Reputed New York mafia captain Salvatore (Jersey Sal) Profaci, the son of original Five Family don, Joe (The Olive Oil King) Profaci, died recently of natural causes. Profaci, who allegedly ran a Colombo syndicate crew out of New Jersey and spent a good deal of time in Florida, was 81. His death was kept hush-hush by family members and he was buried in a private ceremony in Pennsylvania back in February. He was famous in mob circles around the country for a comment intercepted on an FBI wire over two decades ago.

For years, Profaci’s base of operations was Roma Food Enterprises in Piscataway, New Jersey. His father founded Mama Mia Importing Co., the biggest importers of olive oil in the United States. In 1978, his brother, John, founded Colavita Olive Oil, the marquee brand of the product in America today.

Author Mario Puzo crafted his Don Vito Corleone character in The Godfather after the elder Profaci. In the book and the subsequent films, the Corleone family owned fictional Genco Olive Oil. Joe Profaci died of cancer in June 1962 while his crime family was engulfed in an internal street war. Today, the Profaci crime family is known as the Colombo crime family.

Jersey Sal Profaci served a federal prison term for mail fraud in the 1980s. A few years after getting out from behind bars, he was tasked by Colombo higher-ups to mediate a business dispute raging between Genovese crime family wiseguy Carmine (Papa Smurf) Franco and attorney Salvatore Avena, an associate in the Philadelphia mob. Franco and Avena, the son of slain Prohibition era Philadelphia mob boss John Avena, were feuding in the early 1990s over money Avena accused Franco of skimming without his knowledge from a trash-hauling company they co-owned out of Philly. Avena had filed a civil lawsuit against Franco that angered east coast mafia brass.

Salvatore Profaci

Since Profaci’s son was married to Avena’s daughter, the Colombo clan offered to have Jersey Sal interject on behalf of the Genovese administration and try to find a way to solve the problem before it reached trial…..or worse, a hit. Unknown to either Profaci or Avena, the law practice Avena owned in New Jersey was bugged due to the fact that Avena allowed the then-sitting Philadelphia mob hierarchy to hold court in his office and conference room. At the time, Philadelphia’s Bruno-Scarfo crime family was embroiled in a violent internal power struggle.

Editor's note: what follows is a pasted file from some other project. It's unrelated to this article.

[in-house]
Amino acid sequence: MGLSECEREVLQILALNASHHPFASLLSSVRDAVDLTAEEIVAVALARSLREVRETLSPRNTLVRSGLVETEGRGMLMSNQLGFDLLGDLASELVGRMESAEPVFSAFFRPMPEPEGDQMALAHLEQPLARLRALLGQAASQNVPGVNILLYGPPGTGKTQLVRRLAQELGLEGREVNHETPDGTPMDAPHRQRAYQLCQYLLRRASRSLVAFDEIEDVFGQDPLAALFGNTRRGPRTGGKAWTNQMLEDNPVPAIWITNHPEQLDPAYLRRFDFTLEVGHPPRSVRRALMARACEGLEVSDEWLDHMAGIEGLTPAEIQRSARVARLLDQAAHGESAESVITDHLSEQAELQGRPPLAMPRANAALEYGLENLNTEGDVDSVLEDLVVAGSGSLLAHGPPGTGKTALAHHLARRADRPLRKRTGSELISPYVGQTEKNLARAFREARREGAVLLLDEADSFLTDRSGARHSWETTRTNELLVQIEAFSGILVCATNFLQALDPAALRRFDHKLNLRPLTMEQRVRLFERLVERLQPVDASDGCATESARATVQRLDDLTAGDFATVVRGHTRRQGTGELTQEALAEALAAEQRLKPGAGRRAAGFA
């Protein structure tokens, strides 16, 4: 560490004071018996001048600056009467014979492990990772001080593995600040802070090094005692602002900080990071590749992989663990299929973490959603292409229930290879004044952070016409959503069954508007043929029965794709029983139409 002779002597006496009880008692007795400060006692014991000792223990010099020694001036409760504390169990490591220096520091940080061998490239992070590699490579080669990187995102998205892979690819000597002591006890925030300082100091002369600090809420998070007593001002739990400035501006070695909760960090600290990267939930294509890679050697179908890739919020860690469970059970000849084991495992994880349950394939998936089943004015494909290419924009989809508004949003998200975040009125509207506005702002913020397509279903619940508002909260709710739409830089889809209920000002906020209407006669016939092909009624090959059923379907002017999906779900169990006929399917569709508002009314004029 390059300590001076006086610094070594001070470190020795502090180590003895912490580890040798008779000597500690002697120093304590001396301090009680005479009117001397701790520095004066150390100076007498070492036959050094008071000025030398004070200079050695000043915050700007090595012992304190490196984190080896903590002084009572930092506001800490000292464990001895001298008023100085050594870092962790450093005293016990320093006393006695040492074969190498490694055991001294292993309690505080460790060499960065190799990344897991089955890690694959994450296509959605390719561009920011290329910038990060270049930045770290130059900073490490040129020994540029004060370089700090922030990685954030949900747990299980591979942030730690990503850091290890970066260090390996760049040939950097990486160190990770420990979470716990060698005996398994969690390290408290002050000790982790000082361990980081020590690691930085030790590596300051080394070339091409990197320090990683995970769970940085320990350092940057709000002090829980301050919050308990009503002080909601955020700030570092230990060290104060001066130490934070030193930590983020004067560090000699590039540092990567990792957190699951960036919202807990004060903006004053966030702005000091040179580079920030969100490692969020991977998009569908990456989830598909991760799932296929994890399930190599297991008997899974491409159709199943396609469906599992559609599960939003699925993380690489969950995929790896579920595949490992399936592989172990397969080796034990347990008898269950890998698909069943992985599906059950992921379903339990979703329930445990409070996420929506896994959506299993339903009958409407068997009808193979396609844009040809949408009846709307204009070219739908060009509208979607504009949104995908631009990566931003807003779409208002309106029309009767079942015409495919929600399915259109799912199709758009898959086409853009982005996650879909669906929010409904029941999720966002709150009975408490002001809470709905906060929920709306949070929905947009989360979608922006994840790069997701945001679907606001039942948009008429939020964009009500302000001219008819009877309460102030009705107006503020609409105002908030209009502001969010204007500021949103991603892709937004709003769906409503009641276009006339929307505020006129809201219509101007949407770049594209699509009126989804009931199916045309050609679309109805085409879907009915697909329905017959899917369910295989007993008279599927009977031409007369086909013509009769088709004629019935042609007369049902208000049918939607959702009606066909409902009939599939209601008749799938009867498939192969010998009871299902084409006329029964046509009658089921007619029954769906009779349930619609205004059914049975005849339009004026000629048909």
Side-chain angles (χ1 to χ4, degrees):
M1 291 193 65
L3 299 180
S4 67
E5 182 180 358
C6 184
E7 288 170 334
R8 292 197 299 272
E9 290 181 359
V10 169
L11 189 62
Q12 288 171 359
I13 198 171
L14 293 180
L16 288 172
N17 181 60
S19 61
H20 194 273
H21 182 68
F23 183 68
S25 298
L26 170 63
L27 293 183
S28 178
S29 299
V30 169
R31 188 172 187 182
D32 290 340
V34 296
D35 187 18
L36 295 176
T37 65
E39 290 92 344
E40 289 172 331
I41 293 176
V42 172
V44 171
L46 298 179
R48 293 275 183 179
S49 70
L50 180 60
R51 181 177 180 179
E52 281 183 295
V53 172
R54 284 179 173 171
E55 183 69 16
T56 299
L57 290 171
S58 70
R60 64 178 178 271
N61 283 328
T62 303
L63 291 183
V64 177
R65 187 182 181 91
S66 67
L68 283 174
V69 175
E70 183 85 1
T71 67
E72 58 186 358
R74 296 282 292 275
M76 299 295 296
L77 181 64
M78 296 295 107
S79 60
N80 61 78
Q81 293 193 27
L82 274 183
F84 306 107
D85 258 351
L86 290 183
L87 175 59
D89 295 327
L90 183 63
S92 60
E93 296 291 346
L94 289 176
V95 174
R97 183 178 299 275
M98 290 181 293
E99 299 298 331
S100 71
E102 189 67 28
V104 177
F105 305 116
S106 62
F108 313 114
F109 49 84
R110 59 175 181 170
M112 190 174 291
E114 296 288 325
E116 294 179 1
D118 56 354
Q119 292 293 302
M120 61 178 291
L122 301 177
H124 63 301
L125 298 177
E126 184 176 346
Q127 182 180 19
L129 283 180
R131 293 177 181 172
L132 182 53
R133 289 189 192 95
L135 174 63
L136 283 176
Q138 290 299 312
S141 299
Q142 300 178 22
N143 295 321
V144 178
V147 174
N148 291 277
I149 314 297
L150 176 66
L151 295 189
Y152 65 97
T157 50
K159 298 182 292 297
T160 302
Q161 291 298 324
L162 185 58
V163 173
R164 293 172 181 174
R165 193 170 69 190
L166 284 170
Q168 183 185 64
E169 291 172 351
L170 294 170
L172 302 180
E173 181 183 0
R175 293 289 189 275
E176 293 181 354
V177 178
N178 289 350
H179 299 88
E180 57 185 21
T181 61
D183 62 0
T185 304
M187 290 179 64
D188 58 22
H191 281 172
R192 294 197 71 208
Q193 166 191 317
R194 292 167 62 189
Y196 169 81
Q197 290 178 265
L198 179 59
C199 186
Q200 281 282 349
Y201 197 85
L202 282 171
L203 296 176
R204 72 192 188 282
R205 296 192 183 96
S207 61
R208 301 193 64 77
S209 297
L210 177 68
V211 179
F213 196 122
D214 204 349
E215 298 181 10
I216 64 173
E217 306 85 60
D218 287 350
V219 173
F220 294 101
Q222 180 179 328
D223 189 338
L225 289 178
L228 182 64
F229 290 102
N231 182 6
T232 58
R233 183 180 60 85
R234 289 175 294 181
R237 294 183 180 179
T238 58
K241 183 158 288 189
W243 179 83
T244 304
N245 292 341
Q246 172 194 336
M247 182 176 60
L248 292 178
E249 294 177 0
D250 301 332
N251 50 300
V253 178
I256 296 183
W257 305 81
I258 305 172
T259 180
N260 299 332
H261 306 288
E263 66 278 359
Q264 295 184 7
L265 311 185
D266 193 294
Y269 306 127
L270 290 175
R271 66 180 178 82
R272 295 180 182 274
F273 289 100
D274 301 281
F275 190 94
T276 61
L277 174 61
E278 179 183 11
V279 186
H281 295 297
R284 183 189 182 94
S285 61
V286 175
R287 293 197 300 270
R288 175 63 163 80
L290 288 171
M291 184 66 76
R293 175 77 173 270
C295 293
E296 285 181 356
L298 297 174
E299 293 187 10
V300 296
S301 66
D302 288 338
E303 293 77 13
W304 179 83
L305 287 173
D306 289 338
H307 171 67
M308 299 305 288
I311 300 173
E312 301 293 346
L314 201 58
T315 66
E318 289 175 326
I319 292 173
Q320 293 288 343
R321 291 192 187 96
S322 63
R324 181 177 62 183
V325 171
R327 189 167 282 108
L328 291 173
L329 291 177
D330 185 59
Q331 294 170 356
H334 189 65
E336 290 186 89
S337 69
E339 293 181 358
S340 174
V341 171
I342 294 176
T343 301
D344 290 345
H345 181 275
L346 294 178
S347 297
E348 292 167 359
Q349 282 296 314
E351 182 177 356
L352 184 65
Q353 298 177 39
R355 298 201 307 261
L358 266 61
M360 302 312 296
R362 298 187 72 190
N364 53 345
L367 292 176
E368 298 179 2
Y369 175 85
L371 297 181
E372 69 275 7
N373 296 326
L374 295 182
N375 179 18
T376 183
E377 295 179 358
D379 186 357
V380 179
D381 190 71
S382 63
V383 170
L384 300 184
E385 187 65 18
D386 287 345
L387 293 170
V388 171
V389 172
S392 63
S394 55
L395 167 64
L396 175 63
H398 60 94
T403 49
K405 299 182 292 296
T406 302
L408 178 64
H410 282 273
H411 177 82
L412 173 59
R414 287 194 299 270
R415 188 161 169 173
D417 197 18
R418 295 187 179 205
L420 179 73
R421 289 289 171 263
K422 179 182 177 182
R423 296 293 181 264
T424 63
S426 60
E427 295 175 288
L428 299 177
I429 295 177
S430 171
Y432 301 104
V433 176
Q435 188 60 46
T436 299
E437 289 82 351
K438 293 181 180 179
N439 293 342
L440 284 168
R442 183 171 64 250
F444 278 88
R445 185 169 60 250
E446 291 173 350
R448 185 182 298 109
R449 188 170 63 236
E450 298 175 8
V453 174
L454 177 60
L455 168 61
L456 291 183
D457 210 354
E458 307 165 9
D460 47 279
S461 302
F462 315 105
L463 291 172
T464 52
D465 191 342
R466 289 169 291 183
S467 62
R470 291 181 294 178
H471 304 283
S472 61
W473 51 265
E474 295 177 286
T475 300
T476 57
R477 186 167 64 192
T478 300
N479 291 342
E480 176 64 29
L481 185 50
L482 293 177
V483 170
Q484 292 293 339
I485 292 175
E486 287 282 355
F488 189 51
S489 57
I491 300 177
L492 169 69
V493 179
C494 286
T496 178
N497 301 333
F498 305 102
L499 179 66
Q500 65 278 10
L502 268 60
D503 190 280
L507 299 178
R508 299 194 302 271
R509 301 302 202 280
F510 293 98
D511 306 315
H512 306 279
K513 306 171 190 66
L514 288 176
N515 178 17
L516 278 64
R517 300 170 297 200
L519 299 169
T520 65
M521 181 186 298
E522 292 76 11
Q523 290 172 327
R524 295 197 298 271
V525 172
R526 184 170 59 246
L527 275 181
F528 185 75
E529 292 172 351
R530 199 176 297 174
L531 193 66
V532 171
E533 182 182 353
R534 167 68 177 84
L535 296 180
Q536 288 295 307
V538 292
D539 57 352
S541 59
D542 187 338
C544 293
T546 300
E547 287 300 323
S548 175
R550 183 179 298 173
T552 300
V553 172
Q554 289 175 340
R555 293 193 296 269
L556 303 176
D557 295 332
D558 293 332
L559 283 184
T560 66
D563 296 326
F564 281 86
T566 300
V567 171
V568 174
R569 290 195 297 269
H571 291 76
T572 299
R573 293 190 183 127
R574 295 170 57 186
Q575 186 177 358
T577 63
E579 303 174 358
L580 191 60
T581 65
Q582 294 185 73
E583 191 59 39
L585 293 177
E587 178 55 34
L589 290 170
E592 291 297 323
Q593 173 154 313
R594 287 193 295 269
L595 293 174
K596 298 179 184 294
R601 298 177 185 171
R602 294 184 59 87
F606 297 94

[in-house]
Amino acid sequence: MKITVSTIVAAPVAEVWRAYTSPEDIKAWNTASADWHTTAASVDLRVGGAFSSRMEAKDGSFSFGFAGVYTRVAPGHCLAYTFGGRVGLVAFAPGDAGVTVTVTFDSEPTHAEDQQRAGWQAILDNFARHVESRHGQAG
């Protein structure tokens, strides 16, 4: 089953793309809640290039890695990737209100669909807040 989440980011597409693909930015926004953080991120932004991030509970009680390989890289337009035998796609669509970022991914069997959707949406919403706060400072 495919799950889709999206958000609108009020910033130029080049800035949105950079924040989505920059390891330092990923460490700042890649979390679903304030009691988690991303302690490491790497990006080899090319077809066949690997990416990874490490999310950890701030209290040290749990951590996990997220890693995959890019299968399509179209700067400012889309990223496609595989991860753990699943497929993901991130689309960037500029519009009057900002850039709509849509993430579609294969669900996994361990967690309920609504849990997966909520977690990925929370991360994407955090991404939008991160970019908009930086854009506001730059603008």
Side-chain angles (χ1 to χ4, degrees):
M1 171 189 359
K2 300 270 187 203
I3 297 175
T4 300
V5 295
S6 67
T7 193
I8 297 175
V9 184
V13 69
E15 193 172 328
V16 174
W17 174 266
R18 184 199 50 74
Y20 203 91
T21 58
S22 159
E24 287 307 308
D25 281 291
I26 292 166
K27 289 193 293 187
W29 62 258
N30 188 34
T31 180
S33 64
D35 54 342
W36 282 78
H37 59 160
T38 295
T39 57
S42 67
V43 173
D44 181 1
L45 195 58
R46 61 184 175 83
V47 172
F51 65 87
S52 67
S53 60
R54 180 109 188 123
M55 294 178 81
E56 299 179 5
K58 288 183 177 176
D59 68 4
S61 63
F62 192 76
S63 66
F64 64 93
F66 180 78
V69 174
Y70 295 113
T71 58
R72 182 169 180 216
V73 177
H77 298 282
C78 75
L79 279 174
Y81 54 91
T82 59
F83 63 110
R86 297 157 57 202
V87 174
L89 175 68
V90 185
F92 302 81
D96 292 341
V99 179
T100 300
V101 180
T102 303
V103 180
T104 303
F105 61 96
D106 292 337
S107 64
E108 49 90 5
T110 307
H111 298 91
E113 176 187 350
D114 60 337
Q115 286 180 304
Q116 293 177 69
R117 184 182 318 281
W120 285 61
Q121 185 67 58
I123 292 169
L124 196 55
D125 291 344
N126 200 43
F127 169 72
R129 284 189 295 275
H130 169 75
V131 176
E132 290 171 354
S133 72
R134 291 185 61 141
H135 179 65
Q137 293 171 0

“I’m supposed to let this guy (Franco) steal money from me and its okay just because he’s a Goodfella?” Avena is heard asking Profaci in 1992. “This thief can get away with it and that’s it?”

The response by Profaci has often been repeated, discussed and laughed about in American wiseguy culture ever since.

“Sal, it’s bad for business. The Genovese family is too big, we’re all gonna get hurt from this…..Goodfellas don’t sue Goodfellas. Goodfellas kill Goodfellas.”

Avena and Franco settled the lawsuit out of court. Franco got slapped with a short prison term in 2014 for overseeing mob-controlled sanitation work in New York and New Jersey.

Per sources, later in his life, Profaci, who reportedly retired from the rackets in the last decade or so, tried to act as a mediator for a mob beef in Detroit, where his two brother-in-laws Anthony (Tony Z) Zerilli and Anthony (Tony T) Tocco, were prominent underworld figures. Tocco and Zerilli died of health ailments in 2012 and 2015, respectively, having never mended their differences tied to a falling out between Zerilli and Tocco’s older brother, Giacomo (Black Jack) Tocco, the longtime Godfather of the Motor City. The elder Tocco died of natural causes in the summer of 2014. Tony Tocco was his consigliere. Tony Zerilli, Black Jack’s first cousin, was his underboss until the early 2000s.

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